Date of Award

8-15-2005

Document Type

Dissertation

Degree Name

Doctor of Philosophy (PhD)

Department

English

First Advisor

Jeannine M. Fontaine, Ph.D.

Second Advisor

Gian Pagnucci, Ph.D.

Third Advisor

Mary R. Jalongo, Ph.D.

Abstract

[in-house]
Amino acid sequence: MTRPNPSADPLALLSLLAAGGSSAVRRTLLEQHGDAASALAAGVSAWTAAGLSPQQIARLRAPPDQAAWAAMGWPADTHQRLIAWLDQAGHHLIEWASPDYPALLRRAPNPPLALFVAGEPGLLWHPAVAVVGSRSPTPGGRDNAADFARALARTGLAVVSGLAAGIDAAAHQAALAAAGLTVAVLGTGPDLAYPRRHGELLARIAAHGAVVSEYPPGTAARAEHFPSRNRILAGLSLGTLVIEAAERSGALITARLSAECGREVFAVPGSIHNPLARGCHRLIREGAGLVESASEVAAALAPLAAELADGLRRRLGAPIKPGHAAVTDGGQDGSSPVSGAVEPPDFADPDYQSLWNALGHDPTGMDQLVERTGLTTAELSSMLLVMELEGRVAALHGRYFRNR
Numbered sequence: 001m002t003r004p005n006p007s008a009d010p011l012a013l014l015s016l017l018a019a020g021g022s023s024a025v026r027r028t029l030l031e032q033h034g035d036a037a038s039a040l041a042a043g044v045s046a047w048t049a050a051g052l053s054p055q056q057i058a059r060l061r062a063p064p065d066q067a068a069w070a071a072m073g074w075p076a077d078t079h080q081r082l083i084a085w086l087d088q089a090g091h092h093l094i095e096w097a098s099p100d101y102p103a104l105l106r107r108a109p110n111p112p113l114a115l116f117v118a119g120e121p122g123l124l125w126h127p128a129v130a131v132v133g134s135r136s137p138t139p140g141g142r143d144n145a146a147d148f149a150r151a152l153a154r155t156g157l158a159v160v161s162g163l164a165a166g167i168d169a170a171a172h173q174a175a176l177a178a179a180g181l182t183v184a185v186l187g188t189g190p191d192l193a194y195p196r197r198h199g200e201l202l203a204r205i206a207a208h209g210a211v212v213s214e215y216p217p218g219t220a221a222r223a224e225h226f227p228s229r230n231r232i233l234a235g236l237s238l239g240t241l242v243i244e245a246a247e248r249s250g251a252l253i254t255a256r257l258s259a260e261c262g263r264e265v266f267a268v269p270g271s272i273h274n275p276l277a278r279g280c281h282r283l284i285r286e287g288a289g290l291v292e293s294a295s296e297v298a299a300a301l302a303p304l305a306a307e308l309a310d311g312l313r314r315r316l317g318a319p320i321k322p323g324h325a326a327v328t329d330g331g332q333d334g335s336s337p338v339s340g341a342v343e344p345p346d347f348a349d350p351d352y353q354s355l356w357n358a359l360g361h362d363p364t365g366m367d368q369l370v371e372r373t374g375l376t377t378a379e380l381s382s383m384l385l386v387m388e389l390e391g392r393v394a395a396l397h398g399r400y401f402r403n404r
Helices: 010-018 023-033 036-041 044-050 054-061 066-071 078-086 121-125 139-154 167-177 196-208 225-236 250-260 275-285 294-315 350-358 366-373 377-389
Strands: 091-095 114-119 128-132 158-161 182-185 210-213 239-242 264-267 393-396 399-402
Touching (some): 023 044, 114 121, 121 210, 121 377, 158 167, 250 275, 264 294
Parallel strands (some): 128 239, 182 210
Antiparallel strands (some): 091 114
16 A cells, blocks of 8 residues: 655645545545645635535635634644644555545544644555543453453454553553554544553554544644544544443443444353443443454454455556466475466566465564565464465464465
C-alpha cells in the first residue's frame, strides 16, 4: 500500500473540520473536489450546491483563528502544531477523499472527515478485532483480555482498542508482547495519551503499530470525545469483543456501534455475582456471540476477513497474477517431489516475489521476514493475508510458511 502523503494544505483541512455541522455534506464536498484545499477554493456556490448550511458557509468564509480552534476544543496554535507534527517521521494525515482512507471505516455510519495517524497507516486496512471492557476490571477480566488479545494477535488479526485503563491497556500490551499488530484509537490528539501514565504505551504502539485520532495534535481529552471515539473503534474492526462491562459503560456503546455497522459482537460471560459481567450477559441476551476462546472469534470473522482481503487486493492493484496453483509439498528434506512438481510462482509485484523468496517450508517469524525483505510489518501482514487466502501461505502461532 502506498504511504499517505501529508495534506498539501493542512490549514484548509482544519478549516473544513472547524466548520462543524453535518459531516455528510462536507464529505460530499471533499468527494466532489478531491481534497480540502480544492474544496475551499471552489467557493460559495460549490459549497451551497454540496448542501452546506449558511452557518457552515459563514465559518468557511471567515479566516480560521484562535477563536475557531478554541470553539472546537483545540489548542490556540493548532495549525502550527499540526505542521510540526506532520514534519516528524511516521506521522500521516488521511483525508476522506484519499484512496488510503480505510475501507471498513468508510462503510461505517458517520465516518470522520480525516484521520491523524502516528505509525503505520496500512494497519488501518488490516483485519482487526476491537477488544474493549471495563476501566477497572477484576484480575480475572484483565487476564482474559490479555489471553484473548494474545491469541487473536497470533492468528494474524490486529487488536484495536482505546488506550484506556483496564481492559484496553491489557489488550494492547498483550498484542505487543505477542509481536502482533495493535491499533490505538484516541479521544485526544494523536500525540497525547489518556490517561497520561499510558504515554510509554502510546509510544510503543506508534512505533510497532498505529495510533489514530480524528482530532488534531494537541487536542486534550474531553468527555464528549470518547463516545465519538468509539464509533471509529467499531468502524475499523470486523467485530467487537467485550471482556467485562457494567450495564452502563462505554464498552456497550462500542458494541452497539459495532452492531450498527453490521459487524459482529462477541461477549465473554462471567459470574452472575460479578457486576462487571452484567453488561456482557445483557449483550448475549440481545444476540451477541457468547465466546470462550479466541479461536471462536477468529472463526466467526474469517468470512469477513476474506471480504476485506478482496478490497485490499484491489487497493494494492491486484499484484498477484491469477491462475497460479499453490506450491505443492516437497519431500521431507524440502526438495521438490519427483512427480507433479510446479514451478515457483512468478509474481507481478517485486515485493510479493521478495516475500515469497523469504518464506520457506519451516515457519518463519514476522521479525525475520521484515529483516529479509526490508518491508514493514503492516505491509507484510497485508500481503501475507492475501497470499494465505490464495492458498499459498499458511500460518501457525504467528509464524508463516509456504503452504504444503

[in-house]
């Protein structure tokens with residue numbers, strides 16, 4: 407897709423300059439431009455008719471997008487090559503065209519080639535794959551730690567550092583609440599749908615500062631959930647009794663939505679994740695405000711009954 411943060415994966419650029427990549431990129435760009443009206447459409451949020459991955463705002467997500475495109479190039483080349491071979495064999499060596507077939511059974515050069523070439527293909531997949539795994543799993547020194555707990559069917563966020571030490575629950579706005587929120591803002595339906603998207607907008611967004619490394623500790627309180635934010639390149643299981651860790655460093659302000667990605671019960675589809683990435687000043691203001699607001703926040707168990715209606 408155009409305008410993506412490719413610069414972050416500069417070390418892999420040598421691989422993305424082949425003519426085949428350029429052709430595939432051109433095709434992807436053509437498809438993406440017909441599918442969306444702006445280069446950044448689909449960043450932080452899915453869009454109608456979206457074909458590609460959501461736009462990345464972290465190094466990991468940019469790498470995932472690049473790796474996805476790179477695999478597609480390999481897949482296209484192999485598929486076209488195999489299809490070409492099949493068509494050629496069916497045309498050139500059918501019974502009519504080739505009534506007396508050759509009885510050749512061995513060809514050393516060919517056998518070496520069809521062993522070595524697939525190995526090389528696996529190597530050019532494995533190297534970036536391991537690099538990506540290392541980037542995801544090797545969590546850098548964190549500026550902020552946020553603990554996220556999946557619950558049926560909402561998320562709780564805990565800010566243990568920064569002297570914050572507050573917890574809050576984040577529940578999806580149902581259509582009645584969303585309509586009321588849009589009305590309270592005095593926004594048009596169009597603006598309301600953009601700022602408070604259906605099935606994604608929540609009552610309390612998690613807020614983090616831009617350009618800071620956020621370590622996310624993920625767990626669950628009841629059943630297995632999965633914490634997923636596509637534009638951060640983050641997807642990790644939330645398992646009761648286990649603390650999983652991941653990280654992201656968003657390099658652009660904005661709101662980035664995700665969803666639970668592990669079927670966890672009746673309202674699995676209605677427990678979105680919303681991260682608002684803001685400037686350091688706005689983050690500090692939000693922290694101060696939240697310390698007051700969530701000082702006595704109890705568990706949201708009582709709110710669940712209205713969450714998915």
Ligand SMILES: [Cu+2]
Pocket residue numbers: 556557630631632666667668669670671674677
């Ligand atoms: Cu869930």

This study , describes ESL college students' beliefs, attitudes, and experiences, about the issue of reading-to-write during an introductory college writing course. Particularly, the study aims at exploring and hearing their beliefs and attitudes regarding the effects of the reading activities on their writing in the light of connections covered in the scholarly literature. The significance of this study rests on the opportunity it gives to the participants to have their voices heard regarding their attitudes and experiences during a course designed to link reading and writing activities. Multiple research methods of qualitative research design, including interviews, observation, and document analysis have been employed in this study. Specifically, this study uses one unstructured interview, two semistructured interviews, and one mid-interview. Observation and writing samples will be used during the course. The research questions that the study will answer relate to the following areas: the participants' beliefs about the reading-writing connection at the beginning and at the end of the course; their strategies in using reading texts for writing, the difficulties that they might experience during the course when dealing with reading texts; their opinions about their progress in iv using the rhetorical structures and organizational features covered in the course; and their opinions regarding whether they will pursue the reading-writing connection in the future. The findings of this study indicate that the students engaged in reading-writing activities for the first time. The findings also show that the students have positive attitudes toward reading-to write. The findings also reveal that explicit instruction of rhetorical structures has helped them improve their writing competence. Specifically, they reported that using models along with instruction has resulted in various benefits concerning writing and writing structures, including rhetorical modes, text organization, specific use of words, sentence patterns, parallelism, run-on sentence, revision, wordiness, content information, and motivation to use reading-writing related activities in the future. Moreover, the findings show that the participants experienced some writing problems during the course. Finally, the study shows that the participants developed more understanding about the reading-writing connection through their advice to future students and their metaphors about reading and writing.

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